Priced from $46,490, the new i-Tech variant adds a number of extra features to justify its $10,500 premium over the $35,990 entry-level Toyota Prius V seven-seater, which launched in Australia in May.
The Toyota Prius V i-Tech scores dynamic radar cruise control, satellite navigation, auto-levelling LED headlights with washers, electro-chromatic rear-view mirror, heated front seats, and a panoramic roof with an electric sunshade that raises the Prius V’s height by 25mm to 1615mm.
The luxury model also sees the addition of a head-up display that shows navigation prompts, an eight-speaker JBL sound system with digital radio, premium seat coverings and park assist.
The Toyota Prius V i-Tech is fitted with a pre-crash safety system, adding to the standard safety package that includes seven airbags, reversing camera, hill-start assist, stability and traction control, anti-lock brakes, brake assist and electronic brakeforce distribution.
The Prius V i-Tech, powered by Toyota's 100kW Hybrid Synergy Drive powertrain that combines a 1.8-litre Atkinson cycle petrol engine and a 60kW electric motor, delivers fuel economy of 4.4L/100km and CO2 emissions of 101g/km.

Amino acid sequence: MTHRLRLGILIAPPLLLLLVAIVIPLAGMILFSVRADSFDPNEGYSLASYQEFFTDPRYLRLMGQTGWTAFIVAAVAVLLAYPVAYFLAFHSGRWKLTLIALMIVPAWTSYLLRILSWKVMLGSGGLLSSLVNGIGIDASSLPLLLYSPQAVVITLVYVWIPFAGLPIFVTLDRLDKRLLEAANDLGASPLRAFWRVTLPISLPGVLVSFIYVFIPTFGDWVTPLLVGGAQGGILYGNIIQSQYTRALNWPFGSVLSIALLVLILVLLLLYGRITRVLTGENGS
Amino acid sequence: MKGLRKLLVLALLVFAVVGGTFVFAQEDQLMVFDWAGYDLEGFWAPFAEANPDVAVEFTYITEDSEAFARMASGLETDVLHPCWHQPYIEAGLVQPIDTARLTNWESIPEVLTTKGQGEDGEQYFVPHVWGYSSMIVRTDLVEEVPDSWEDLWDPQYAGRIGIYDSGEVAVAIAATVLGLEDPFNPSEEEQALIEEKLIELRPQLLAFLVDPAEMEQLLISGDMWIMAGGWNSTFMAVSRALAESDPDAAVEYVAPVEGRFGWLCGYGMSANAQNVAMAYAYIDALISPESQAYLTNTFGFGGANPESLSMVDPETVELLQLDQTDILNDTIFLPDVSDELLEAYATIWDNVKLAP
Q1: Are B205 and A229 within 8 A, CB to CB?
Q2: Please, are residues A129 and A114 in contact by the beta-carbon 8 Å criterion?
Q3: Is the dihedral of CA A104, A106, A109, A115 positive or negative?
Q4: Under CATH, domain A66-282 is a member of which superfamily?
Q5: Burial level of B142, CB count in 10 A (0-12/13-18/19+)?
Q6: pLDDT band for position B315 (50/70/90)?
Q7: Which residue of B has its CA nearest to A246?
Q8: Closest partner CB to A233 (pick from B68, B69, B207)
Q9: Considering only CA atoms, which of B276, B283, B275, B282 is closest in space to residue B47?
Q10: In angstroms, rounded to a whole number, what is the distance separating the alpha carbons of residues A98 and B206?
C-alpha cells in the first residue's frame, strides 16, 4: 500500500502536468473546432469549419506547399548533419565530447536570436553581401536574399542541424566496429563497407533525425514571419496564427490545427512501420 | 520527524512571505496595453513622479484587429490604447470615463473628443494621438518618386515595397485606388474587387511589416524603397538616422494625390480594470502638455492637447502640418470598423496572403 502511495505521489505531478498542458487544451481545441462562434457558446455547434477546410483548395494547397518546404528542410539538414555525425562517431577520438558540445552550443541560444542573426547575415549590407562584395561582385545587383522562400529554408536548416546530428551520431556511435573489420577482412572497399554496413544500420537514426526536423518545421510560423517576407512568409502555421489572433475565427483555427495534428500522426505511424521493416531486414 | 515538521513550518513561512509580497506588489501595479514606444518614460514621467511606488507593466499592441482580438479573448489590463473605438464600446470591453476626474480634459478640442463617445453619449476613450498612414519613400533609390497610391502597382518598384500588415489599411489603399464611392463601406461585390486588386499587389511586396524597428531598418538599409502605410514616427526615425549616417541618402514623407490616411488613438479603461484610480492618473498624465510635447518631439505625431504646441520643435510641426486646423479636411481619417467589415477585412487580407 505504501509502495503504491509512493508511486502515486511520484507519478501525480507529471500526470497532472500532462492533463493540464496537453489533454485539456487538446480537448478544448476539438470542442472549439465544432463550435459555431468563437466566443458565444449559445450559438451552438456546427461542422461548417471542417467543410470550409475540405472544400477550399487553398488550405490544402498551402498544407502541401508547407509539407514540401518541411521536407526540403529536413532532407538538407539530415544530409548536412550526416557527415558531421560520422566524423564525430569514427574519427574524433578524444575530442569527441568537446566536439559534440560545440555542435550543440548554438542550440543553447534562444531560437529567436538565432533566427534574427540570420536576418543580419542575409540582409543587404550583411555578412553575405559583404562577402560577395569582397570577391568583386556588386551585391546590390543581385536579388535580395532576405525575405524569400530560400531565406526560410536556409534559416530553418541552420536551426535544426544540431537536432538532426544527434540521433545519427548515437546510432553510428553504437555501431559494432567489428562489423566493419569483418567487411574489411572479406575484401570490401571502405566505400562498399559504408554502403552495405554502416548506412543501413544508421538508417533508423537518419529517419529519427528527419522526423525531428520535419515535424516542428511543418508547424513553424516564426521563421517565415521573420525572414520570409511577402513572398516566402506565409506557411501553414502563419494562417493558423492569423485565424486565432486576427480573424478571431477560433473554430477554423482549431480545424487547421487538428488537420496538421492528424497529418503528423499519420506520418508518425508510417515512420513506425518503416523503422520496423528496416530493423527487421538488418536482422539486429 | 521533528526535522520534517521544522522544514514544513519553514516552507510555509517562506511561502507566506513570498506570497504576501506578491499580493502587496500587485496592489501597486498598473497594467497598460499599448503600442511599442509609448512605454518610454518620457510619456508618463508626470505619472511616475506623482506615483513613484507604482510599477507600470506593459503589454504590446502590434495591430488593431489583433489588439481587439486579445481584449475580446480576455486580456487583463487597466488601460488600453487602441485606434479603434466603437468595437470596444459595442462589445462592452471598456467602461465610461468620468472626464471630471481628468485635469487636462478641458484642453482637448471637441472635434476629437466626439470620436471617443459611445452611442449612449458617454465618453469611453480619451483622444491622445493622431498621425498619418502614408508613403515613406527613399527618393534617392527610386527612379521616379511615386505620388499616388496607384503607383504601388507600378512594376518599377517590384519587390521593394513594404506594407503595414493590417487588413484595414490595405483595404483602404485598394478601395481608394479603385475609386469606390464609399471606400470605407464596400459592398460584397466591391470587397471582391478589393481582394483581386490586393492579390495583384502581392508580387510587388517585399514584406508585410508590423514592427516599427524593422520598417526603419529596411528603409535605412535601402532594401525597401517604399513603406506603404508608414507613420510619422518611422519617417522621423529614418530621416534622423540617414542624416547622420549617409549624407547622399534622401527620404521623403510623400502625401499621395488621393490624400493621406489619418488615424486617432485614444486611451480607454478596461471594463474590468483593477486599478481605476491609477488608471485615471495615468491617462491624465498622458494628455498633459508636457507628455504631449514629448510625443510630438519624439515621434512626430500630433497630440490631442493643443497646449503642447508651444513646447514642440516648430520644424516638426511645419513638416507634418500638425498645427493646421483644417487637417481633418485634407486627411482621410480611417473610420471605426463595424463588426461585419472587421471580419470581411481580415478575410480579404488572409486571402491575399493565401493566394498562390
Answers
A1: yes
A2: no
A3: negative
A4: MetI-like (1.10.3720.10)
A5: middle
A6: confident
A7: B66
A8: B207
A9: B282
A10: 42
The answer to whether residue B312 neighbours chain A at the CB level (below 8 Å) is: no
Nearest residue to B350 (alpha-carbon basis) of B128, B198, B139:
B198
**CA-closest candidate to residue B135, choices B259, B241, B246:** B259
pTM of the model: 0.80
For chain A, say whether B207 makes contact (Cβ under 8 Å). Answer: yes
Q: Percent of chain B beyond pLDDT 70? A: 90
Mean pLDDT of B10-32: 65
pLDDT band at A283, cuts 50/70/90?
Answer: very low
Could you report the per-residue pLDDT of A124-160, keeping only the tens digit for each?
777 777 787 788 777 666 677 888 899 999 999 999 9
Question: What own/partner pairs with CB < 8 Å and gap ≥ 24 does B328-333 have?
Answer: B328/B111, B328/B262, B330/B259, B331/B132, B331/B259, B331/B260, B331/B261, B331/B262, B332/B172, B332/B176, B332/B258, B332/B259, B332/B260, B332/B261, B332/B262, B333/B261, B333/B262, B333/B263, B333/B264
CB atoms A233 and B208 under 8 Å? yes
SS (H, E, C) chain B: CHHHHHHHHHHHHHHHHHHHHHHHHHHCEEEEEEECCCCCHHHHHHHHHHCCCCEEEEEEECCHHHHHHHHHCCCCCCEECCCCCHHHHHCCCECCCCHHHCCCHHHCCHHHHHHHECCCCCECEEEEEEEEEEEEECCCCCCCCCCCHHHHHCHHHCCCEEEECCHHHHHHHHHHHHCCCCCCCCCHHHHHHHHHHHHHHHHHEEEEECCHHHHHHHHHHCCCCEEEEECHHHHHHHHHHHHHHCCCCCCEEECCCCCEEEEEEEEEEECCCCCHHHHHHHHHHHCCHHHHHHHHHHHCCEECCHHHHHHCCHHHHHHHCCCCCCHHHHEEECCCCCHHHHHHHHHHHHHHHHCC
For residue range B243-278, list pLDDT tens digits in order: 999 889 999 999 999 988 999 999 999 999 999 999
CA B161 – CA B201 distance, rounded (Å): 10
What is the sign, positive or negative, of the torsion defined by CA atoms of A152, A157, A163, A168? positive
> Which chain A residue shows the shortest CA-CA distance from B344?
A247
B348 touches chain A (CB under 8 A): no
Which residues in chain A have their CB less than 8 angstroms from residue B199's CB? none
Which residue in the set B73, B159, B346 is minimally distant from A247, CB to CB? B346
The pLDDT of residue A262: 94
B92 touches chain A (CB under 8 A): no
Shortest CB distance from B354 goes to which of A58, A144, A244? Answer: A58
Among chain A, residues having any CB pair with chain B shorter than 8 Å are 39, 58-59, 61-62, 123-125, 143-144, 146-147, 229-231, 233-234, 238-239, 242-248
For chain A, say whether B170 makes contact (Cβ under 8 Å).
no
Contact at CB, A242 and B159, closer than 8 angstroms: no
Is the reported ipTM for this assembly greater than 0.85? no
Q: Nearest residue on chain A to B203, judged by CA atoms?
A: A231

The arrival of the new high-grade Prius V comes as the Japanese manufacturer celebrates the local milestone of selling 10,000 hybrids in a calendar year for the first time (combined sales for Toyota and Lexus), beating its previous best of 9422 vehicles in 2010.
It's been a mixed time at Toyota lately, with the news that the carmaker has sold more than one million hybrid vehicles worldwide in a calendar year for the first time (Toyota says its cumulative hybrid sales are now more than 4.6 million units) being joined by a string of vehicle recalls.